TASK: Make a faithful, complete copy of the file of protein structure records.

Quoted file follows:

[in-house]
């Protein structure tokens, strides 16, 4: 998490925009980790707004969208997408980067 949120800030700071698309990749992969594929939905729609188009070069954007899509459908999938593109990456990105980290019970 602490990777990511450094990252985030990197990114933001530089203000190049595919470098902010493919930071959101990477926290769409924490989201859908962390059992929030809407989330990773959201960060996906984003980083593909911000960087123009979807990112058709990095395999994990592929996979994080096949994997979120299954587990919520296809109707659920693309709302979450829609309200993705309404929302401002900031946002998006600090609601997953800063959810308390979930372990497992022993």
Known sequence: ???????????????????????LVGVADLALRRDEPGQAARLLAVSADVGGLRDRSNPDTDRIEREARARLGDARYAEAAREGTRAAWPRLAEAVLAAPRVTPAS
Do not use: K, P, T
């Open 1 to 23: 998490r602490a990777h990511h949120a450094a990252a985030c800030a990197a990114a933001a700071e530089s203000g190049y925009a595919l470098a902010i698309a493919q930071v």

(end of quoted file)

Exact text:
[in-house]
């Protein structure tokens, strides 16, 4: 998490925009980790707004969208997408980067 949120800030700071698309990749992969594929939905729609188009070069954007899509459908999938593109990456990105980290019970 602490990777990511450094990252985030990197990114933001530089203000190049595919470098902010493919930071959101990477926290769409924490989201859908962390059992929030809407989330990773959201960060996906984003980083593909911000960087123009979807990112058709990095395999994990592929996979994080096949994997979120299954587990919520296809109707659920693309709302979450829609309200993705309404929302401002900031946002998006600090609601997953800063959810308390979930372990497992022993």
Known sequence: ???????????????????????LVGVADLALRRDEPGQAARLLAVSADVGGLRDRSNPDTDRIEREARARLGDARYAEAAREGTRAAWPRLAEAVLAAPRVTPAS
Do not use: K, P, T
């Open 1 to 23: 998490r602490a990777h990511h949120a450094a990252a985030c800030a990197a990114a933001a700071e530089s203000g190049y925009a595919l470098a902010i698309a493919q930071v």